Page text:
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  Félix Peña

INTERNATIONAL TRADE RELATIONS NEWSLETTER
2017 | 2016 | 2015 | 2014 | 2013 | 2012 | 2011 | 2010 | 2009
REVELATIONS OF THE COPENHAGEN SUMMIT:
Institutions and decision-making processes in a world with multiple stakeholders

by Félix Peña
January 2010

English translation: Isabel Romero Carranza


 

After the United Nations Copenhagen Climate Change Conference (COP-15) it is very likely that, during the upcoming year, the debate will continue to focus on the extent and validity of the diagnosis regarding the climate changes that are taking place, the measures to be implemented, the responsibilities of each country -particularly the developed and developing ones according to their past and present contribution towards environmental pollution- and the distribution of costs and funding of the measures to be adopted.

The meager results of the Copenhagen Summit have given clear evidence of three aspects of the new international scenario. Firstly, that some relevant matters that have a bearing on international relation, and that can even affect the future of humankind, can only be tackled at a global scale. Secondly, the difficulty in determining, in practice, how many countries are needed to achieve a critical mass of power so that the decisions that are adopted towards a reasonable global governance are of a binding nature, efficient and socially legitimate. The third aspect is that some of the current global international institutions have certain shortcomings that could render them less than effective at the moment of building, among its numerous member countries, the necessary consensus for action and especially for the creation of binding commitments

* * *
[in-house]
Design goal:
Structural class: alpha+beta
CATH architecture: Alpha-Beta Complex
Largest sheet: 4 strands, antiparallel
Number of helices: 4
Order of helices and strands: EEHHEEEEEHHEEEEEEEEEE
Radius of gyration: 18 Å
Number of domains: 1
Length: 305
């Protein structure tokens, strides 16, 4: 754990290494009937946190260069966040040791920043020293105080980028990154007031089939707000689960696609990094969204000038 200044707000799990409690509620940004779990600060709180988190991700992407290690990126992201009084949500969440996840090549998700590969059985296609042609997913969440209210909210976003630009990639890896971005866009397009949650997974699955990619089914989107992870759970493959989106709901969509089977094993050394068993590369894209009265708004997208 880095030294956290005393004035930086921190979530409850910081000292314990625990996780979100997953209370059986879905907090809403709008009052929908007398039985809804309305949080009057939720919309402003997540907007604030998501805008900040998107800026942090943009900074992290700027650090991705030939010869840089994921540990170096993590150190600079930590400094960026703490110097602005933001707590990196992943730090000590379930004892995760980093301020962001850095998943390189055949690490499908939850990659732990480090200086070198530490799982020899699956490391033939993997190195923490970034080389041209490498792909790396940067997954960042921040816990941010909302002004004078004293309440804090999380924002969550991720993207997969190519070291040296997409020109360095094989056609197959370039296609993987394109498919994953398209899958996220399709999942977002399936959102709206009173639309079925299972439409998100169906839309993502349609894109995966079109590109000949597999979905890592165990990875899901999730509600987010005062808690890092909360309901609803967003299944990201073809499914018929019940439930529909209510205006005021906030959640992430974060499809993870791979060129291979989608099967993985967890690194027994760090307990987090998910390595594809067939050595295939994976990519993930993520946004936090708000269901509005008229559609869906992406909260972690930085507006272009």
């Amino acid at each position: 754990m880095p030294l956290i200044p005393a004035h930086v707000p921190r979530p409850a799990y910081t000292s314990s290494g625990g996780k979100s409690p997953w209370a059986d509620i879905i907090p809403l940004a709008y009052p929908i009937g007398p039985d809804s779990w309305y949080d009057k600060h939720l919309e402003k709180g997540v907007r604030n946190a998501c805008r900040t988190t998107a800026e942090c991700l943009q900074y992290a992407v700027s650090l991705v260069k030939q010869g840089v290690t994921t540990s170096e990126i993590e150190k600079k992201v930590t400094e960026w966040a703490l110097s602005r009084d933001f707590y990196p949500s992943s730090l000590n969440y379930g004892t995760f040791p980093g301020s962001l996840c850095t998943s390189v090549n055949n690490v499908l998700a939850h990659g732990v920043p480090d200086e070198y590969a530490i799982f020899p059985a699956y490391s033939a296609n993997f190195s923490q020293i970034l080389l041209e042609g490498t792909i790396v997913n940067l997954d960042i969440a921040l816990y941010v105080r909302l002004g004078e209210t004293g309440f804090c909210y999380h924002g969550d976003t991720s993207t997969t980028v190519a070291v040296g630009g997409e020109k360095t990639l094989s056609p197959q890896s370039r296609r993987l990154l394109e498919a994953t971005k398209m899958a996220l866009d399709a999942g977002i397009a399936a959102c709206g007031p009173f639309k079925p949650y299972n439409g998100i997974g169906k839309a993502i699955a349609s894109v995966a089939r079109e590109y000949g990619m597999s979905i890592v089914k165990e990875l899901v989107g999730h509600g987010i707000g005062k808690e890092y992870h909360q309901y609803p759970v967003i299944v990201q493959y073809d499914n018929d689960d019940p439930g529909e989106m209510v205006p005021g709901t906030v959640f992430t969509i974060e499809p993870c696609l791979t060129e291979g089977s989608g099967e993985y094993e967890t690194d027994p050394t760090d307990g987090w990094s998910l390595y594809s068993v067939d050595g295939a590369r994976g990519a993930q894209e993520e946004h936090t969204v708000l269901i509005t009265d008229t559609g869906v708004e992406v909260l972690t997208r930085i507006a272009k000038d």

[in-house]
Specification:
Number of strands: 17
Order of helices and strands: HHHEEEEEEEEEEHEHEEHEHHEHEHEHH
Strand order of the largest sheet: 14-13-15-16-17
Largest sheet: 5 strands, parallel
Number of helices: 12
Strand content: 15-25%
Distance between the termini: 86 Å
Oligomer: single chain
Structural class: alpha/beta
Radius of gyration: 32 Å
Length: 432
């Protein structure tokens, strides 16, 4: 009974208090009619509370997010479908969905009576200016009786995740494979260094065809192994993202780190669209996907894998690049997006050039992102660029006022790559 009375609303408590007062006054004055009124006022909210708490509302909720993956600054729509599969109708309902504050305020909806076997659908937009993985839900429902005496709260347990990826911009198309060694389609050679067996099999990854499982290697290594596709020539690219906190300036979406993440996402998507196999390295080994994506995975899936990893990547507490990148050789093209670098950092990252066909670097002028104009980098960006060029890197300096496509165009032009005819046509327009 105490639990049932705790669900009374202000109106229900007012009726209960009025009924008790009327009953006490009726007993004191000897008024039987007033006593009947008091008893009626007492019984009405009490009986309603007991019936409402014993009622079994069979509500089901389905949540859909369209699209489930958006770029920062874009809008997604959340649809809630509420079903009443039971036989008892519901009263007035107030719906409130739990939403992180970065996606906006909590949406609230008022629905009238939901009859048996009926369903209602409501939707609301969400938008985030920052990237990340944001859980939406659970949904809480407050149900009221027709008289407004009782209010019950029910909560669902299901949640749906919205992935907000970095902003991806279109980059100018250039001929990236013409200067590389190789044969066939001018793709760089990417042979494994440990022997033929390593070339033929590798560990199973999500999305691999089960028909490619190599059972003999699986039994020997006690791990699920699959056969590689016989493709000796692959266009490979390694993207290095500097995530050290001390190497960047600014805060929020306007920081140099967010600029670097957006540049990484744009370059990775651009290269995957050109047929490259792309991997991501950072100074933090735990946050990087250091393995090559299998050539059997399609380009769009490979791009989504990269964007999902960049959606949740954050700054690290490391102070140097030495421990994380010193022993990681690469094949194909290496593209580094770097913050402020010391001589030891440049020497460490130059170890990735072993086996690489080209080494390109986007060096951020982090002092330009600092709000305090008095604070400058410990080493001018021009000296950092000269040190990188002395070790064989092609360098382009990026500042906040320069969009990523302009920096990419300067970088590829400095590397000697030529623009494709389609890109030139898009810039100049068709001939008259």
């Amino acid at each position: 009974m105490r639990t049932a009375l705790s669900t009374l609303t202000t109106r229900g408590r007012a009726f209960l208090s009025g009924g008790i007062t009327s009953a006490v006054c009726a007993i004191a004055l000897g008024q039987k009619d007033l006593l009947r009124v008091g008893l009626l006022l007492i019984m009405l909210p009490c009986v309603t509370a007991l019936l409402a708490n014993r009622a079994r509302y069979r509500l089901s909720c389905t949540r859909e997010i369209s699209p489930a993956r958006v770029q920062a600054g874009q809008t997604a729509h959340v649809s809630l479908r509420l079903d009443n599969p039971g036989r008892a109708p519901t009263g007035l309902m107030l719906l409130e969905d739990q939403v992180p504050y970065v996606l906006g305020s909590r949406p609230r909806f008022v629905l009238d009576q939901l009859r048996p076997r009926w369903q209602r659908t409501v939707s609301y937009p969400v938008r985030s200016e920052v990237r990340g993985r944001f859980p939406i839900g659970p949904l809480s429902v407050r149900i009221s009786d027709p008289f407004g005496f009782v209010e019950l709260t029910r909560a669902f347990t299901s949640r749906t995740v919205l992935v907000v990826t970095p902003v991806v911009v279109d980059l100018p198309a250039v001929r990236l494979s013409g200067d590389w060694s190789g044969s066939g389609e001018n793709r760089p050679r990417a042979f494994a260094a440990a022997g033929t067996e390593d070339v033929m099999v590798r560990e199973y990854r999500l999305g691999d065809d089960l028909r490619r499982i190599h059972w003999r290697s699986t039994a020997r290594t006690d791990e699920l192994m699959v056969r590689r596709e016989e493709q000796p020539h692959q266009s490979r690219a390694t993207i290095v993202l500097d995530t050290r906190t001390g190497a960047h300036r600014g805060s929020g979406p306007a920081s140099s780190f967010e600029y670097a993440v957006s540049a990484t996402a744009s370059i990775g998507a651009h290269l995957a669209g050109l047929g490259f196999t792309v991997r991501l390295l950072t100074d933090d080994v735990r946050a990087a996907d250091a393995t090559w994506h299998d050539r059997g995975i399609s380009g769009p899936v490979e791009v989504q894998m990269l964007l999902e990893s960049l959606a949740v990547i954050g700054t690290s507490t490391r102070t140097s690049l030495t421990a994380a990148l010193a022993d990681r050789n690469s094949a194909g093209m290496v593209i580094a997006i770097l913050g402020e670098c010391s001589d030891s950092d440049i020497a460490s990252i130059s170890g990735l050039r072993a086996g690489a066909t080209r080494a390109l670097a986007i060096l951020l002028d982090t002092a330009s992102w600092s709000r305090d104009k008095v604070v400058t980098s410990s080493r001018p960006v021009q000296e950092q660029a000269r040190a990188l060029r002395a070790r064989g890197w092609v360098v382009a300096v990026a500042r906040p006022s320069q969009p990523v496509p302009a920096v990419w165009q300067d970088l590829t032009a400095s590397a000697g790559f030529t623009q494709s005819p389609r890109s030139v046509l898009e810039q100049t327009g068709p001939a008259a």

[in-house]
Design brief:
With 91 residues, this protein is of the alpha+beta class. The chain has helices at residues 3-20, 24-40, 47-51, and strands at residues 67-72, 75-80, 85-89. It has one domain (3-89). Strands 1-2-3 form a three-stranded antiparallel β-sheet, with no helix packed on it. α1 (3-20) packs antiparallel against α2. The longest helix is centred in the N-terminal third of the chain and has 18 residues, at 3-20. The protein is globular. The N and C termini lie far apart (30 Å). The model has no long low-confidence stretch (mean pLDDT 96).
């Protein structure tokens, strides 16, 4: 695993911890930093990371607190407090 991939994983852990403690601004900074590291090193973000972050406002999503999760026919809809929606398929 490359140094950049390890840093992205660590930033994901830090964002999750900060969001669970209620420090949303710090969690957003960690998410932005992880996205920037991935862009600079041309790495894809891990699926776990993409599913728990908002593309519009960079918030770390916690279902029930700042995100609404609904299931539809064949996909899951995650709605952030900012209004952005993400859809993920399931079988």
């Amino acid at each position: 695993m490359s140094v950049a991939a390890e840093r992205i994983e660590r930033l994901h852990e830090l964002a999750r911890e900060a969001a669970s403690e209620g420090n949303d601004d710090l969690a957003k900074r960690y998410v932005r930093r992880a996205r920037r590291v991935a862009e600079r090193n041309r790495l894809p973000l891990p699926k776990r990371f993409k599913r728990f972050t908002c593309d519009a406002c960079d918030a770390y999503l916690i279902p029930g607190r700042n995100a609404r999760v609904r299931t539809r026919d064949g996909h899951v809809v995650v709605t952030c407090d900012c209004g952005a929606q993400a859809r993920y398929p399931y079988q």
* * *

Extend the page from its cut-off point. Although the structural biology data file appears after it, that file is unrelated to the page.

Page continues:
The abovementioned are just a few of a number of aspects that show the extent of the systemic world crisis and recreate the classical dialectic tension between order and anarchy in international relations. This crisis might have a domino effect in different regional global spaces and, eventually, at a global scale. It can be clearly evinced precisely by the inability to find efficient answers, within the scope of institutions that originated in a collapsing world order, to the collective problems that are being faced at a global scale.


After the United Nations Copenhagen Climate Change Conference (COP-15) (see http://www.denmark.dk/ or download here and http://www.un.org/) held last December, the analogy of the 'half-full or half-empty glass' has been frequently used to illustrate its concrete results.